Since the 1960’s, American academic departments of humanities have gradually displaced core Western literature with a new orthodoxy, one that emphasizes the goals and tenets of political correctness. John Ellis contends that this trend has caused severe damage to the contemporary university. Not only is the methodology of political correctness flawed, he argues, but its pursuit also vitiates the very ends to which it is committed. The courage of strong leadership in academia is required to reverse this regrettable trend.
Ellis explores the causes of political correctness. Accepting a Hobbesian view of the world, he sees Western culture as transcending a negative “read” on nature through the establishment of law and democratic government and the ascendance of Enlightenment values. Conversely, political correctness is rooted in an illusory and regressive belief in a simplistic image of humanity as “noble savages” living in a kind of primitive harmony. The author sets up a straw man (not likely a straw woman or a straw person) and begins to take his shots. The missiles hit the mark, but one is vaguely suspicious that the hunter has picked the wrong target.
The book is spirited, exposing Ellis’s passion for literature. Good literature— especially and perhaps exclusively the work of dead white males, as he himself notes—can be mined again and again for new insights into the complexity of humanity and the culture humankind has erected along the highways of history. It is Ellis’s opinion that the spotlight of political correctness does not illuminate adequately the field on which it focuses, but rather narrows its expectation of what literature has to offer, thereby missing the rich and diverse realities it contains.
Ellis examines the three areas—race, class, and gender—that drive the politically correct approach to literature. He agrees that all analysis has a definitive political content, but those who emphasize only the political constituent, as expressed in gender, race, or class, miss the point. Writings that concentrate on gender, race, and class yield only that which is useful as politics. Furthermore, because literary critics are not trained in political analysis, they do it badly. This use of the academic for political ends is not the novel invention of the modern era, however, but “has been an equal opportunity pastime for despotic regimes of both left and right” throughout history.
Feminism in particular, accuses the author, “has taken a wrong turn.” He asserts that although the early goals of the movement were “sensible,” the current phase emphasizes what he calls “outlandish, wildly unrealistic ideas.” Ellis tends to lump all feminists into a single category, an army of angry—likely lesbian—women attacking traditional family structures and heterosexual relationships. The impressionable young woman on campus falls for this agenda, although the greater public is not taken in. Ellis laments that this preoccupation with a feminist agenda prevents potentially successful female scholars from producing good work.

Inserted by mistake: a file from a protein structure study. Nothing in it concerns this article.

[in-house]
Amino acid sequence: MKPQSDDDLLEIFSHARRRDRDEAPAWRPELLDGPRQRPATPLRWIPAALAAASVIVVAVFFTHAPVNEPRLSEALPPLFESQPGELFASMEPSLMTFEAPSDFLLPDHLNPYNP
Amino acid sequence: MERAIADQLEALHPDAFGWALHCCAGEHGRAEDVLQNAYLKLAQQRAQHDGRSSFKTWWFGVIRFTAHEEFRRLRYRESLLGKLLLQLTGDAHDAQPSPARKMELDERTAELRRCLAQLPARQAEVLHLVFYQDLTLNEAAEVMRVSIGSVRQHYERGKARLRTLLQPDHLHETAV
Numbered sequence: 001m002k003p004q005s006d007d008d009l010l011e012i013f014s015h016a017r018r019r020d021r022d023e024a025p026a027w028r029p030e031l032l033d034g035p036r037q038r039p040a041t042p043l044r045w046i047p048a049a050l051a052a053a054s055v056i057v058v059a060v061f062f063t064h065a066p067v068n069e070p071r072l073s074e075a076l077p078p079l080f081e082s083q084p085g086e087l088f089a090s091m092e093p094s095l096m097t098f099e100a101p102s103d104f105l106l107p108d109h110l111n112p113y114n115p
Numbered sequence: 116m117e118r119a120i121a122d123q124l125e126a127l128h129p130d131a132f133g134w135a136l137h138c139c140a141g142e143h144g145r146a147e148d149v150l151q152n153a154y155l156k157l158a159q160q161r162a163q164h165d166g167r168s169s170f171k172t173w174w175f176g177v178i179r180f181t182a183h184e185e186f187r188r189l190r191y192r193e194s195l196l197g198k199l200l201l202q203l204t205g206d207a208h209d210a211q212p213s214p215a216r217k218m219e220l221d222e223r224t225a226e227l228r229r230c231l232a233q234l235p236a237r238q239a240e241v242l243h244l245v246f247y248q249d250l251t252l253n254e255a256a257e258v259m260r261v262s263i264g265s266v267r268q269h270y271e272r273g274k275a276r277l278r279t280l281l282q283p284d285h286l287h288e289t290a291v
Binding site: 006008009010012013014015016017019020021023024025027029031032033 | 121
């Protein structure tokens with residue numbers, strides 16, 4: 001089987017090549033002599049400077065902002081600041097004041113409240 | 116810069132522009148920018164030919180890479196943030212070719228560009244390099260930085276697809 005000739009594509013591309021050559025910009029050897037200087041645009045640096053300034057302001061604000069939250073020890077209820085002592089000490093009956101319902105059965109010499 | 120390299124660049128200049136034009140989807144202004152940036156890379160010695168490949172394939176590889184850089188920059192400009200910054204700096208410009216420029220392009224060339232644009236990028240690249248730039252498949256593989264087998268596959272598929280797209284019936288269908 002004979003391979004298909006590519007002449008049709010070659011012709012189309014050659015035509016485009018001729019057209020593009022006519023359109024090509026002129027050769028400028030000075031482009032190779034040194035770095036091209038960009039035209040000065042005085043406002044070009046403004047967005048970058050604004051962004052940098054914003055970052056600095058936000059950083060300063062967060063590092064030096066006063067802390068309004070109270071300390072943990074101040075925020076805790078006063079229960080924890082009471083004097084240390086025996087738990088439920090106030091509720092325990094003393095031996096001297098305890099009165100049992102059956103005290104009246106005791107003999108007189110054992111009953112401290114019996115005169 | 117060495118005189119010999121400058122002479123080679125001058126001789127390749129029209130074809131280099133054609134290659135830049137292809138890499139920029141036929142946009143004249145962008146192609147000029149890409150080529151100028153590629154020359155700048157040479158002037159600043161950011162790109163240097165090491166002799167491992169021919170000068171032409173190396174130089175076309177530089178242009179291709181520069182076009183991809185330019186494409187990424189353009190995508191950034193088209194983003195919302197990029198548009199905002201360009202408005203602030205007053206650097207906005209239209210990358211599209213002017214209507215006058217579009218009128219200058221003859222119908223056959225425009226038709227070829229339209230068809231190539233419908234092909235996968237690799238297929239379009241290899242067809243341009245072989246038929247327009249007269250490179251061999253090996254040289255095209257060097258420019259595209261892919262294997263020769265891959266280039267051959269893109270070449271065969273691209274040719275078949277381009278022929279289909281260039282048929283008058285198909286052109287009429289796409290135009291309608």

The author must be given credit for some insightful observations. Correctly, I think, he articulates the radical inconsistency that floats beneath the surface of some (but not all) feminist rhetoric. Along with the assertion that women are as good as men and should share equally what men have, there is an assumption that women possess unique qualities and abilities (such as women’s unique ways of knowing, which have captured the imagination of the trendy). Incorrectly, I believe, Ellis characterizes patriarchy and its resultant oppression of women as a conscious conspiracy and an ingrained prejudice. Rather, it is precisely the unconscious nature of oppressive attitudes and behaviors that feminists attempt to articulate and to uncover as they take their peculiar lens to literature.
The author dismisses much of what feminists address, suggesting that their agenda has marginalized the movement from the rest of the world. Minimizing the problems they document, he notes that women are not really so bad off in Western culture. This is particularly clear when comparison is made to non-Western cultures that, for example, practice mandatory suicide for widows, genital mutilation for young girls, and other gender-specific horrors. Oppression of women in the West, therefore, easily can be dismissed. Besides, as human life evolves and such problems as infant mortality, lack of birth control, lack of social security for women, and limited life spans dissolve in the face of improved culture, things are getting better for women and for others; there is no need to press the point.
With regard to race, Ellis believes that too much angst is spent on the issue, resulting in an uneasy guilt and little action. How contemporary writers deal with racism, labeling it genocide, constitutes a misrepresentation of the facts, he...
(The entire section is 2007 words.)